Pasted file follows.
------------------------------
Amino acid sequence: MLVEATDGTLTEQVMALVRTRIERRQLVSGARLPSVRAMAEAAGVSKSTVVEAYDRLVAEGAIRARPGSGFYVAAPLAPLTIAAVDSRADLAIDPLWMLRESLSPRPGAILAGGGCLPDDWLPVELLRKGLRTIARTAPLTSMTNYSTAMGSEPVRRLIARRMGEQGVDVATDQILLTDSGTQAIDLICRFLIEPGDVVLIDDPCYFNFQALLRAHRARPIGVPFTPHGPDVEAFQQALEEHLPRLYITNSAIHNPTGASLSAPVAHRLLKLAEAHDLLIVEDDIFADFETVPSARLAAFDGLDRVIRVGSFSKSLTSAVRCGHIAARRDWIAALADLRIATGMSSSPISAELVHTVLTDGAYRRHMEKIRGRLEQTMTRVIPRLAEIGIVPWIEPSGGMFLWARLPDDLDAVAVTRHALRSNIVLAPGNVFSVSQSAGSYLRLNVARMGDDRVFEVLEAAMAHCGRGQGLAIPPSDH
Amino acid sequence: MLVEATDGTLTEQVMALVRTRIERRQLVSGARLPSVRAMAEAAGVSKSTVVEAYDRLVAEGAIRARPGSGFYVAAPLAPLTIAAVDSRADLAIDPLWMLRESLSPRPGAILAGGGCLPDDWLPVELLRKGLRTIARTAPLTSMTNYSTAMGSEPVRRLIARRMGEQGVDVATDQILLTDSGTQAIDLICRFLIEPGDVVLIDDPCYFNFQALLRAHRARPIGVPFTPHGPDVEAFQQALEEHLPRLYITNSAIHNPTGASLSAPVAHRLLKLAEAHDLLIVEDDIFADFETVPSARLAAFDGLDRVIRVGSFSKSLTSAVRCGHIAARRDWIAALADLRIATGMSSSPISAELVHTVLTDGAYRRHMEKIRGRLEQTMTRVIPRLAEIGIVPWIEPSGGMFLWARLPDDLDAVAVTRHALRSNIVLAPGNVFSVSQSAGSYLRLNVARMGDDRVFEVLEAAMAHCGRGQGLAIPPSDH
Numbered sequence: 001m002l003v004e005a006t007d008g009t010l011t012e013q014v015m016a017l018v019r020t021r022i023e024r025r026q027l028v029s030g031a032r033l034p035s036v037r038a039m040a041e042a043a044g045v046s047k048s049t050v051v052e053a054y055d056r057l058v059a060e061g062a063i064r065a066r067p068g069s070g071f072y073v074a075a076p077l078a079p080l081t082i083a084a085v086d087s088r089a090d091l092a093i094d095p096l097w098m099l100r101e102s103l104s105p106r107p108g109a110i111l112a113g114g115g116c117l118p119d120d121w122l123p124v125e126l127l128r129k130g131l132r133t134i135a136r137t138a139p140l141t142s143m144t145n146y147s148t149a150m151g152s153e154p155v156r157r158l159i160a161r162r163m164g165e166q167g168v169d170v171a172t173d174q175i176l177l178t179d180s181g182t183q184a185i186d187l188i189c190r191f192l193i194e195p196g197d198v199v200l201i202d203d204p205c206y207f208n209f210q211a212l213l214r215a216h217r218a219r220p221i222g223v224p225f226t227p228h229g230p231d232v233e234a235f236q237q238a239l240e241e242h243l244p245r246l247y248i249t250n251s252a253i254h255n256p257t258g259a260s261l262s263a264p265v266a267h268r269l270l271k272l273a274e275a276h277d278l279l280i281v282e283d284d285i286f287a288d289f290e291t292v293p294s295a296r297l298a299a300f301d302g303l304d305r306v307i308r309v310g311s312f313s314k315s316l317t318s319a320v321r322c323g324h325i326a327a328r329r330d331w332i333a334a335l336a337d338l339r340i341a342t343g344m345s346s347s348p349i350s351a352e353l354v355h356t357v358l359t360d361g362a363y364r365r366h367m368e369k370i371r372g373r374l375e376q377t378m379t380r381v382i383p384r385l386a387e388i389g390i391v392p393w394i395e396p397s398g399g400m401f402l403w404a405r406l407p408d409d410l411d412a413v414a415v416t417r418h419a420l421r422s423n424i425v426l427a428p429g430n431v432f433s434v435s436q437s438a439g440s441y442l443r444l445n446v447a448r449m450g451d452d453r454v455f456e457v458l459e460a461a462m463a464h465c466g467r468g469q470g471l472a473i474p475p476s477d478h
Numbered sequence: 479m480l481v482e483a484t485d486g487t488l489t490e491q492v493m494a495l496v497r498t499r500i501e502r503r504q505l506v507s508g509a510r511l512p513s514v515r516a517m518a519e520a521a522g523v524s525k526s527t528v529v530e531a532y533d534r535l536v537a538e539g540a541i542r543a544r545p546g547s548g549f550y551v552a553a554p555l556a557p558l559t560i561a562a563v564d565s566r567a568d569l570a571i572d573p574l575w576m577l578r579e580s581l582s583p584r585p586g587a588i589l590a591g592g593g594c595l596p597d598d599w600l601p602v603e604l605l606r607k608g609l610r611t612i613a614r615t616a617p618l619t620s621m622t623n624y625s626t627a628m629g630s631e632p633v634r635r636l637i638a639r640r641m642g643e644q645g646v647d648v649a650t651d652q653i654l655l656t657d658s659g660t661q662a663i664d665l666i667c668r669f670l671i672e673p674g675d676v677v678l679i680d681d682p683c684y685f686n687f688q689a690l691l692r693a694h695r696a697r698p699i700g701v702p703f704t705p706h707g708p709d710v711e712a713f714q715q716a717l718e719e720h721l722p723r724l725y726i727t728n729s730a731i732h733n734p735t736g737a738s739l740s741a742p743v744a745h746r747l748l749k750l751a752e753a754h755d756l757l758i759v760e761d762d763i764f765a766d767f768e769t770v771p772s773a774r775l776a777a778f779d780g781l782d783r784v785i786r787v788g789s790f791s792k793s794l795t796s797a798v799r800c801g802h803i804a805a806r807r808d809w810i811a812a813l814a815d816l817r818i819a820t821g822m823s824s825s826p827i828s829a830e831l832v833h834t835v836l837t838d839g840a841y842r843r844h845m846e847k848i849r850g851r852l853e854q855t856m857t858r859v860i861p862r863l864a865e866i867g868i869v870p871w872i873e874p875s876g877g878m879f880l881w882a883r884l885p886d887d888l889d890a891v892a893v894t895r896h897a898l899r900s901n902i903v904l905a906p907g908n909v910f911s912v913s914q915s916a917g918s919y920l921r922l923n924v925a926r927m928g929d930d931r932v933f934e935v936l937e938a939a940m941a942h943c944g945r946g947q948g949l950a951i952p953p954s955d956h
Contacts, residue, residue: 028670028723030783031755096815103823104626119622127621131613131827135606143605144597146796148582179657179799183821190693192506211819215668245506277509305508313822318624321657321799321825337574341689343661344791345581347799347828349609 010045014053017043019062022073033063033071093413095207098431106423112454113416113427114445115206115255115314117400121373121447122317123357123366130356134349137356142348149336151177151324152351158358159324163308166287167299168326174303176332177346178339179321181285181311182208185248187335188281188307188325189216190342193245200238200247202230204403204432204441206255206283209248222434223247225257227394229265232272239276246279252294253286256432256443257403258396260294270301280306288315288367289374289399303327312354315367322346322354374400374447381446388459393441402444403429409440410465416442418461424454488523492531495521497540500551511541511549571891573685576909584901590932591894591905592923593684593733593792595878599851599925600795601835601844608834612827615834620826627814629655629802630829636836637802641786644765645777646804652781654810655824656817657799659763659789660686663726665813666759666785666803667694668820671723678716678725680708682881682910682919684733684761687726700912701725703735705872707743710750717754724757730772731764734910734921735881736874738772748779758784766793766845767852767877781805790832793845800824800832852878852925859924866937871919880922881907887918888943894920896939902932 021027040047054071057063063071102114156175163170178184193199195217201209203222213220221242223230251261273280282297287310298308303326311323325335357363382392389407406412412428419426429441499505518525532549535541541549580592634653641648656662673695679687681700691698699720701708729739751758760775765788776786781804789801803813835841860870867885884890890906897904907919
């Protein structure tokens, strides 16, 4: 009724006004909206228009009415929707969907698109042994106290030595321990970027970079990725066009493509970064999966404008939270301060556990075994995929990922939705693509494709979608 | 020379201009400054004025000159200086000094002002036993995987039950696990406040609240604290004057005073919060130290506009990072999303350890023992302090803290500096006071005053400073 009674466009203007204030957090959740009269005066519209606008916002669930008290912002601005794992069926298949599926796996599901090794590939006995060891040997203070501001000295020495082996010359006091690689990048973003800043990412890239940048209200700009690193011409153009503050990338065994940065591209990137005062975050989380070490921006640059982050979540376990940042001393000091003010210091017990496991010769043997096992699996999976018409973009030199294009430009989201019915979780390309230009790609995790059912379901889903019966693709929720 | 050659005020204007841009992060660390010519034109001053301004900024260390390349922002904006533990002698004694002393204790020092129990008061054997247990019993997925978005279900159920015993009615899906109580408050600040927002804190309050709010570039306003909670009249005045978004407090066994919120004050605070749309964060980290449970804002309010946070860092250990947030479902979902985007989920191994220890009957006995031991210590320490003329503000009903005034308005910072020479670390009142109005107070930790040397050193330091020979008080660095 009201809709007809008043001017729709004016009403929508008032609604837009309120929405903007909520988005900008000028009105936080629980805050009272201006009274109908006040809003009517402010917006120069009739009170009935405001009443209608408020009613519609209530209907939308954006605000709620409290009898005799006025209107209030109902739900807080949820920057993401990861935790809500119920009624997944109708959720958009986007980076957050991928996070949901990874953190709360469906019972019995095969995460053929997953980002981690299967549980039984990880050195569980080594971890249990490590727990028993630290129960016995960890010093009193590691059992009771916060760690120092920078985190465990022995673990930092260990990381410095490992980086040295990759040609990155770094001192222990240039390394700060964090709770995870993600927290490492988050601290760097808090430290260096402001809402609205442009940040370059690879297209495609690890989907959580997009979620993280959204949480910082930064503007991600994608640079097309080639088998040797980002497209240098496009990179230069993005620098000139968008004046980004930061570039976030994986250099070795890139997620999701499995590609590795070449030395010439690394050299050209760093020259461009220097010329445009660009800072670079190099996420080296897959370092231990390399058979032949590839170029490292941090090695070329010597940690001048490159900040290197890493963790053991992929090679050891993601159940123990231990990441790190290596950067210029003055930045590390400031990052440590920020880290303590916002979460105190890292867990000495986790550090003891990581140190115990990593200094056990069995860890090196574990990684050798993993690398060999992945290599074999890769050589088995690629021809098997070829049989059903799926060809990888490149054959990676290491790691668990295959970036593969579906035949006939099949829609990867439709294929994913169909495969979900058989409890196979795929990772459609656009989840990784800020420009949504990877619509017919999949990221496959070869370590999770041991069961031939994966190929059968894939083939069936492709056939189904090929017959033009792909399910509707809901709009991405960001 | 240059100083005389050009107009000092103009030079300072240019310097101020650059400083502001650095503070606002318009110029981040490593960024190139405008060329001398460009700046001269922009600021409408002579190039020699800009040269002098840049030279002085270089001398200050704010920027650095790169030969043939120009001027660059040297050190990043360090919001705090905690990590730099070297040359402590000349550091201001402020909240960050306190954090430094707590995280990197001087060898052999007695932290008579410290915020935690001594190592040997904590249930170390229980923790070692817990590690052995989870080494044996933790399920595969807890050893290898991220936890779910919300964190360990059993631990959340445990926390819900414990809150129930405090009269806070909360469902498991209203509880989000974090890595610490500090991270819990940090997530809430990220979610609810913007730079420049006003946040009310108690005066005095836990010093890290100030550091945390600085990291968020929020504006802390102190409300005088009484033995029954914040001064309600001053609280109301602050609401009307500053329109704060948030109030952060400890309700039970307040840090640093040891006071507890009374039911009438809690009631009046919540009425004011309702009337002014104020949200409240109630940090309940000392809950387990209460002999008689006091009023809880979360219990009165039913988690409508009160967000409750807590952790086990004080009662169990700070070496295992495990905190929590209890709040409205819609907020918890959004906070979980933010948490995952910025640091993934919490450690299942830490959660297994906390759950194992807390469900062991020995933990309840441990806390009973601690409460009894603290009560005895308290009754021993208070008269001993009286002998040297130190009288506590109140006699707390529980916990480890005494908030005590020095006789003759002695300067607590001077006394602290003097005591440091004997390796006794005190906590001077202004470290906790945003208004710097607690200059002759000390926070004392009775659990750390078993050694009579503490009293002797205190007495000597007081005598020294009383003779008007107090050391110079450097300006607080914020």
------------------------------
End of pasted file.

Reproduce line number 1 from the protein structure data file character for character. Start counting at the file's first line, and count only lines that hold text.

Amino acid sequence: MLVEATDGTLTEQVMALVRTRIERRQLVSGARLPSVRAMAEAAGVSKSTVVEAYDRLVAEGAIRARPGSGFYVAAPLAPLTIAAVDSRADLAIDPLWMLRESLSPRPGAILAGGGCLPDDWLPVELLRKGLRTIARTAPLTSMTNYSTAMGSEPVRRLIARRMGEQGVDVATDQILLTDSGTQAIDLICRFLIEPGDVVLIDDPCYFNFQALLRAHRARPIGVPFTPHGPDVEAFQQALEEHLPRLYITNSAIHNPTGASLSAPVAHRLLKLAEAHDLLIVEDDIFADFETVPSARLAAFDGLDRVIRVGSFSKSLTSAVRCGHIAARRDWIAALADLRIATGMSSSPISAELVHTVLTDGAYRRHMEKIRGRLEQTMTRVIPRLAEIGIVPWIEPSGGMFLWARLPDDLDAVAVTRHALRSNIVLAPGNVFSVSQSAGSYLRLNVARMGDDRVFEVLEAAMAHCGRGQGLAIPPSDH